How creative are you with manipulating your queries to produce more efficient plans? Try the following puzzle and e-mail your solution to me at [
I recently implemented OID/SSO with E-Business Suite 11.5.10 CU2, and experienced some issues after the entire setup went smoothly. I hope this note might help others troubleshoot, as it took me a while to figure out the root cause of the problem.
Reading PlanetMySQL today, I discovered that Alex Gorbachev’s announcement that he has released the first public beta of his Oracle Grid Control plugin for MySQL was not aggregated! Knowing that my feed is aggregated, and not willing to let this news and this amazing work go unnoticed by the MySQL community during the conference (I am at MySQLConf listening to Amazon.com’s CTO speak right now!) you can access the update here.
sec p, dsk p, gets p, rows p, cpu p — these are average statistics for the query being executed. This should give you a quick overview of whether the query is a big query, a small query, a CPU-intensive or a disk I/O-intensive query. Be careful: since the query was introduced to the shared pool, those columns are averages, and therefore could be misleading. These are all per execution stats, so sec p represents the number of seconds on average it took to execute the query.
has finally happened! The first public release of the MySQL plug-in for Oracle Enterprise Manager 10g Grid Control is out. In the last few months, more and more people showed interest in the potential plug-in, and even few guys from Oracle contacted me independently of each other with their own reasons to have a MySQL plug-in available. This interest accelerated the fermentation of thoughts in my brain, and I got down to work. Pythian generously sponsored my development time. Here are the details. The first release version is 0.42 because that’s obviously the perfect number to start something good.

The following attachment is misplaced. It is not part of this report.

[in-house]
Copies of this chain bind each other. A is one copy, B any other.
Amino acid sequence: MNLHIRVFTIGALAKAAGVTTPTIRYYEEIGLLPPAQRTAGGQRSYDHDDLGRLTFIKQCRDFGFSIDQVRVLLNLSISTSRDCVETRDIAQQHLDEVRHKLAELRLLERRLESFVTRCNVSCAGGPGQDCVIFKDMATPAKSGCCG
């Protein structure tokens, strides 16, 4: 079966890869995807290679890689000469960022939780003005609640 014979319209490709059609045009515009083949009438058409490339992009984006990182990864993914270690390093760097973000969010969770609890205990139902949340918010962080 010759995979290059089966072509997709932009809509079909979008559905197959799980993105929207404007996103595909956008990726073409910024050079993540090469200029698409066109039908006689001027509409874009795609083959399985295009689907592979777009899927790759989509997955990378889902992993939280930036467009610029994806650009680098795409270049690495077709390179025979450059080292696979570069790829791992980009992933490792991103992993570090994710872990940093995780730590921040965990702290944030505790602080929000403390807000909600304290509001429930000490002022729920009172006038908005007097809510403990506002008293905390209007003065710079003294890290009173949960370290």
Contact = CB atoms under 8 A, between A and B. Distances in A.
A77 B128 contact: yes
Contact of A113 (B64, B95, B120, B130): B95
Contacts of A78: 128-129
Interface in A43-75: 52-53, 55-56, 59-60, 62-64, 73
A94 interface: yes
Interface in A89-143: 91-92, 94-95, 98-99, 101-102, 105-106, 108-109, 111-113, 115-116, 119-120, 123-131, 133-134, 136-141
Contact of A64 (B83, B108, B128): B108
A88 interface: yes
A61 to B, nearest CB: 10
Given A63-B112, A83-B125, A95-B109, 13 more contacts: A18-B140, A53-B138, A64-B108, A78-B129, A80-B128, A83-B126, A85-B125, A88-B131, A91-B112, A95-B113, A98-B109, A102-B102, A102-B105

I am finally able to announce when and where the Pythian BoF session has been scheduled! It will be in the Alameda room, 7:30-8:30pm on Tuesday, April 15th. The session, titled “Ask the Pythian Maestro”, will be attended by myself and our two MySQL team leads, Sheeri K. Cabral and Augusto Bott.
If you can’t attend the MySQL Conference, you can still virtually attend. 2-3 pm PDT on Tuesday, April 15th for the “Best Practices for Database Administrators” session, and, 11:55 am -12:40 pm PDT on Thursday, April 17th for the “Database Security Using White-Hat Google Hacking” session. You need nothing but your web browser; unlike some other live meetings, audio streams from the website too, so there’s no phone number to call or participant code or anything. There’s also a live chat so you can participate and ask questions while the session is going on.
Welcome, readers, to the 92nd Log Buffer, the weekly review of database blogs.
There’s no video for Jacob Nikom’s December 2007 Boston MySQL User Group meeting, but the slides for “Measuring MySQL Server Performance” can be downloaded here.
We all have encountered this situation many times before: the cost-based optimizer assumes no correlation between two columns (until 11g), and this has the effect of erroneously reducing the cardinality of a row source. Incorrect cardinality estimates are one of many root causes for SQL performance issues. Consider the following example.